Daytona USA Remake
A few days ago, Microsoft announced that it would remove several games from the Xbox 360 marketplace, including Daytona USA and Jet Set Radio on February 7th, 2023. If you’re like me you’d be confused with the wording of that statement. Since early in the Xbox One’s lifespan, several games from the Xbox 360’s library were made available via backward compatibility. This practice lasted until late 2021, with Microsoft citing licensing, legal, and financing constraints as the reason to cease operations. However, not every game backward compatible with the Xbox One and Xbox Series X/S is available on the Xbox One marketplace. Daytona USA and Jet Set Radio are two examples.
Players who try to search for the games via the Microsoft Store on an Xbox One, Series X, and Series S console will see that it’s “not available for purchase.” However, going to the Xbox 360 marketplace via the console or the website will allow the player to not only buy the games but will also appear in their game library. Once in a player’s game library, the titles can be downloaded and played on the Xbox One and Series X/S. This begs the question which goes back to my original statement. If these games are backward compatible, why were they never released on the Xbox One marketplace?
With the announcement of the delisting, there may be more answers here than initially expected. Perhaps Microsoft had always intended to pull the plug, waiting for the licenses of said games to expire on the Xbox 360 marketplace. This would eliminate the bother of placing these listings on the current Microsoft marketplace, as they weren’t going to remain there for much longer. Many titles are delisted from online marketplaces aside from the Xbox Live Marketplace. However, it’s disappointing to see many games playable on modern consoles effectively “Thanos snapped” out of existence.
Mr. Driller Online was a title I covered that I was lucky to own back in the day. It is also an example of a game that has been lost in time due to its delisting years ago. Some delisted titles, like Mr. Driller Online, have been fortunate enough to be a part of a larger compilation disc such as the Namco Museum Virtual Arcade. While the compilation isn’t backward compatible, the standalone titles separate from the collection are. Unfortunately, as was common for Sega games at the time, there are no physical media versions of Daytona USA and Jet Set Radio.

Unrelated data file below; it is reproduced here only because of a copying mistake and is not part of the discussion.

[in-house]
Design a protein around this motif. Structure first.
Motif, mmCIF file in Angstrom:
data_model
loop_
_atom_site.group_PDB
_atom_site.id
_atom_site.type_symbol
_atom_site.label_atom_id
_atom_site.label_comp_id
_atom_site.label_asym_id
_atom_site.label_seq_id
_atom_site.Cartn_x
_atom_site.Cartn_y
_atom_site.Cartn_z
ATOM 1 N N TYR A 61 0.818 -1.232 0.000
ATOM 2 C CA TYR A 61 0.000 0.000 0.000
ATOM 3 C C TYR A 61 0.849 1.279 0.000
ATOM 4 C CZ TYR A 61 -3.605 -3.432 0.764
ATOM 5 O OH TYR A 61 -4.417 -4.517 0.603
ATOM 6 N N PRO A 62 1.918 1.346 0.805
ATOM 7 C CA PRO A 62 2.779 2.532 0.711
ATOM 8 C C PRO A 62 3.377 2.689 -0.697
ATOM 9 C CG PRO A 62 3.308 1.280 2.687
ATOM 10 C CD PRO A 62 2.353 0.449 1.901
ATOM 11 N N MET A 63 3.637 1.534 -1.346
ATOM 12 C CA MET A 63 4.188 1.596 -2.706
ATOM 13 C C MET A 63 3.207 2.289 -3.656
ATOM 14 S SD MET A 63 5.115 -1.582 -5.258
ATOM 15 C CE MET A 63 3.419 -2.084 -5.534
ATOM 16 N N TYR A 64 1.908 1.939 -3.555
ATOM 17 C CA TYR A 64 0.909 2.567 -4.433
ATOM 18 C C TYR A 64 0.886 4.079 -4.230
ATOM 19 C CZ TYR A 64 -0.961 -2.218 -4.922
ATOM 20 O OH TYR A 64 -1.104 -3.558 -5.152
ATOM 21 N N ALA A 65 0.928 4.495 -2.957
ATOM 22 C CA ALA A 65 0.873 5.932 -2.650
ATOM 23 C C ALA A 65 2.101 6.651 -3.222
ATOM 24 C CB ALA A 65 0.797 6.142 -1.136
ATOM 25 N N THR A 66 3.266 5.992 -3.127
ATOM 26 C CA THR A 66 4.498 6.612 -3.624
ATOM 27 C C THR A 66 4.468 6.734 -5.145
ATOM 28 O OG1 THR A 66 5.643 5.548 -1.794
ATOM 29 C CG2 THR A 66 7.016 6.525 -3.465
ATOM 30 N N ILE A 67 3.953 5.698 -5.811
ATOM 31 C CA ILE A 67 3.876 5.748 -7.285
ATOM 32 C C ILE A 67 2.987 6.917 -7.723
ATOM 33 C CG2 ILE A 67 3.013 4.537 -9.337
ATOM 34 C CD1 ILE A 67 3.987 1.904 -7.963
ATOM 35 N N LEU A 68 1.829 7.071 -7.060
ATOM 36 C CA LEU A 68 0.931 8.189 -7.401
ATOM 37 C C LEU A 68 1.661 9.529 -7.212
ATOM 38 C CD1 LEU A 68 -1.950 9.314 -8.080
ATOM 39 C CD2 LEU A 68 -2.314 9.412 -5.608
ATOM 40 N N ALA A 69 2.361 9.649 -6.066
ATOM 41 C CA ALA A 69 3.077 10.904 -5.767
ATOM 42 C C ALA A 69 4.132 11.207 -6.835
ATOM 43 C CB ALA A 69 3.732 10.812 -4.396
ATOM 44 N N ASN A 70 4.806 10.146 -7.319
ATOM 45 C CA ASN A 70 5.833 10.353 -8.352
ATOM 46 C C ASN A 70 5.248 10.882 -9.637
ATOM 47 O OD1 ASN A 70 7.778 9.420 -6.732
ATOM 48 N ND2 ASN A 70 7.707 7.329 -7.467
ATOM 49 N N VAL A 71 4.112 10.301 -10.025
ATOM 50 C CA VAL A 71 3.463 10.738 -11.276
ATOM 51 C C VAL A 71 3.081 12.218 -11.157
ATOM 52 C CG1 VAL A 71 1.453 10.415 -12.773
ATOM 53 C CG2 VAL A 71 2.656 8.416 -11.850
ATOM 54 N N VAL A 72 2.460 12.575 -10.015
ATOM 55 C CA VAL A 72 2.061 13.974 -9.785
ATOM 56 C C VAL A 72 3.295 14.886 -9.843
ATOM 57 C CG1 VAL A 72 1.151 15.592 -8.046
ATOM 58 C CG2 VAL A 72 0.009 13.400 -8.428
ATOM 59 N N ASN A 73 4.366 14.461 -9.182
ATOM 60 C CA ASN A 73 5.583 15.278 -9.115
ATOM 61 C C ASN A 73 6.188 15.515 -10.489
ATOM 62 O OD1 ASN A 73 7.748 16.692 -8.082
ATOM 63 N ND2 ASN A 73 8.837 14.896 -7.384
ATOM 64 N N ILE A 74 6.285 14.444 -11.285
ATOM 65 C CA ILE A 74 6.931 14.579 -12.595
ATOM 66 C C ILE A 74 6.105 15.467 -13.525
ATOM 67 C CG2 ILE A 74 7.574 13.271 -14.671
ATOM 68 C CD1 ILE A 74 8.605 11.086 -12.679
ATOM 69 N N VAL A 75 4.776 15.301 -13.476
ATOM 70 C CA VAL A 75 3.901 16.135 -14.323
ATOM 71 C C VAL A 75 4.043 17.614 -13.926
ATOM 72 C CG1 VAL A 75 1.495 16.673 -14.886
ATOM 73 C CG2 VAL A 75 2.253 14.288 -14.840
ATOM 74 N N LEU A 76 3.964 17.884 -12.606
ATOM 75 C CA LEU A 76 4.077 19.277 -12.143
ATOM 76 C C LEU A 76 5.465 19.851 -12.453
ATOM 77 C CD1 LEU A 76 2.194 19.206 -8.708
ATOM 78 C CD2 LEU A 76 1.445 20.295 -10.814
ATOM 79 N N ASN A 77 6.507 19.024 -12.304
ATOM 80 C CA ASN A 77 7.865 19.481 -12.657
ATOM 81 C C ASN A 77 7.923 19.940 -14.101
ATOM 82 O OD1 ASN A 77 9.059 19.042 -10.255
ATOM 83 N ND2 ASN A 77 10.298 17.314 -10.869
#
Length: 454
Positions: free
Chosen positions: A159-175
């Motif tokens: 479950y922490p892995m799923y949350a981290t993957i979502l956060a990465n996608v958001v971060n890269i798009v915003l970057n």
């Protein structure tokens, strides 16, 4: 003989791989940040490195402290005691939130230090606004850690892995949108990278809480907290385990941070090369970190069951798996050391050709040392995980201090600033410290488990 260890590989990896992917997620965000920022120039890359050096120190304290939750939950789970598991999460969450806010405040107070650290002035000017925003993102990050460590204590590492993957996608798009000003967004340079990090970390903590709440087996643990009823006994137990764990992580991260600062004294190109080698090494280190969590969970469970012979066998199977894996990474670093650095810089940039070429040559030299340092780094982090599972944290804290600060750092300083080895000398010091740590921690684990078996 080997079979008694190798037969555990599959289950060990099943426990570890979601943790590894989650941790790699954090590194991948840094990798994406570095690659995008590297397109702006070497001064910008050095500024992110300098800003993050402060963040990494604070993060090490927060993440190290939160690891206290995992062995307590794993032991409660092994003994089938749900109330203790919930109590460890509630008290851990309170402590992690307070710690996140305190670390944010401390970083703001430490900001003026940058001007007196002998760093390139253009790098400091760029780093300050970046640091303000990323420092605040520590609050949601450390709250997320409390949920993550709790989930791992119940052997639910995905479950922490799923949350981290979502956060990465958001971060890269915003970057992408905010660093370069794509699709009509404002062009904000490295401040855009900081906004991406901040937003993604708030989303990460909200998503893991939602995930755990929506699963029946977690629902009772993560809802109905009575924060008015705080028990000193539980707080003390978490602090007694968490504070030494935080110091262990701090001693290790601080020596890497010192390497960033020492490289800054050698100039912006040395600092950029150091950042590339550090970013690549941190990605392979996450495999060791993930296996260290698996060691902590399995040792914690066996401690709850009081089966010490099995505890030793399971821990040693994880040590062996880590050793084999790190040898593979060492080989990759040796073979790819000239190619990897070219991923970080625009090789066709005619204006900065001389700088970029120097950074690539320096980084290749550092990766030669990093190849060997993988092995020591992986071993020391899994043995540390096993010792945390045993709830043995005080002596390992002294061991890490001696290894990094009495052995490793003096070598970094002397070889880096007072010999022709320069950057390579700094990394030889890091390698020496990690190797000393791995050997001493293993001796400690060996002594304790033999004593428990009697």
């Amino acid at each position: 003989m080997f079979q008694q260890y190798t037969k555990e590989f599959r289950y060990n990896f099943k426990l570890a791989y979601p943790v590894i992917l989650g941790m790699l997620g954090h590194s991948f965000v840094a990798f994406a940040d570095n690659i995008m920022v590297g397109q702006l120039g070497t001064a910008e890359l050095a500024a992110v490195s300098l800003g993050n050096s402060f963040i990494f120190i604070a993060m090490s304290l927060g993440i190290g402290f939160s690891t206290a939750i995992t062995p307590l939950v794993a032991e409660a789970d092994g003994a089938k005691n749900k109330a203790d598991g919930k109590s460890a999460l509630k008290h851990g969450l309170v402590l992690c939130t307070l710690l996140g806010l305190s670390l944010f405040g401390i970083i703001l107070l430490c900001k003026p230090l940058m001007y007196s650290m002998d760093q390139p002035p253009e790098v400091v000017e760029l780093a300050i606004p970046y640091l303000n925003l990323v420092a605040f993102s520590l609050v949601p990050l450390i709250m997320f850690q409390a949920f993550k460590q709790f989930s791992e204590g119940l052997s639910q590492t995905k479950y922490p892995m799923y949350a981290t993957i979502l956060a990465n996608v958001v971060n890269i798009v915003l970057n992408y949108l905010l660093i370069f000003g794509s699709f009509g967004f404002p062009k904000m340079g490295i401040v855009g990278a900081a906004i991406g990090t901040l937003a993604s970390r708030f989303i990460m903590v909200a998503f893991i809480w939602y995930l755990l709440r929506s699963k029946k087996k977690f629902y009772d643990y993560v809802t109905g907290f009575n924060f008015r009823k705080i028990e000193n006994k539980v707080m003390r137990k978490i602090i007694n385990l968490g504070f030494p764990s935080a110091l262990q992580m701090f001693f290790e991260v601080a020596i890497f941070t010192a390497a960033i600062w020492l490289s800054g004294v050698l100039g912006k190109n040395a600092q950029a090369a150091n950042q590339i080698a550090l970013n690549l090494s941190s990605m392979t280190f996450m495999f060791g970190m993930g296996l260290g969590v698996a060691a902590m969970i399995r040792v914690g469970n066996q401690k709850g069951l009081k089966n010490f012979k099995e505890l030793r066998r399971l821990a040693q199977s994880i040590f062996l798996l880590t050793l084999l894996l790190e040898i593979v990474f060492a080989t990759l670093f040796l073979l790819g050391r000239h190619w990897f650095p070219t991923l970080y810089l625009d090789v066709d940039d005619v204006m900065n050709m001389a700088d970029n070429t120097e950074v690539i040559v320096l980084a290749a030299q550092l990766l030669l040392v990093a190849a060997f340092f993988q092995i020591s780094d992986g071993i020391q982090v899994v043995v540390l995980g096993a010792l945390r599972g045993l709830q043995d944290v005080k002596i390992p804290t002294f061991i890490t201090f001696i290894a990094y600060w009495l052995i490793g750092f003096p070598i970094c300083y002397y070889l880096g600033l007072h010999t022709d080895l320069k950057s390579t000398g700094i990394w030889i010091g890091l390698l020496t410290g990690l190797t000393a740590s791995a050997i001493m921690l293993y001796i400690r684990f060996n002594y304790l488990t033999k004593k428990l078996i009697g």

While there are many titles that will remain on the Xbox One marketplace despite their removal from the Xbox 360, like Blue Dragon and Lost Odyssey, there are few that are in the same predicament as the two Sega titles. I’ve already discussed what makes Jet Set Radio a timeless classic that deserves to be preserved. Daytona USA not only deserves to be preserved, but it has done a lot for the arcade culture. Here’s my argument as to why players should own a piece of gaming history before it becomes lost in the digital graveyard in a week.
Released in 1994 and in development since 1992, Daytona USA was one of the first fully rendered 3D arcade racing games to be released. It was in direct competition with Ridge Racer, a title released a year before, with both games offering many unique elements to the racing genre. Daytona USA opted for a traditional racetrack-based gameplay experience over other racing titles at the time. Its graphics, courtesy of the power of the Sega Model 2 board, was a technical marvel back in its release. Running at a smooth 60 frames per second with texture filtering, the title was far and above what was considered possible for video games.
It would take years for consoles to attain the same level of quality, as evident by the decent yet lacking Sega Saturn port released in 1996. A Windows port based on the Sega Saturn port would release soon after with a lukewarm response, citing very few changes from the console version. Unfortunately, this would be the last time that fans would experience the original Daytona USA until a little over a decade later with the release of Sega Racing Classic. Released in 2009, Sega Racing Classic was an arcade-exclusive HD remake of Daytona USA in everything but the namesake alone.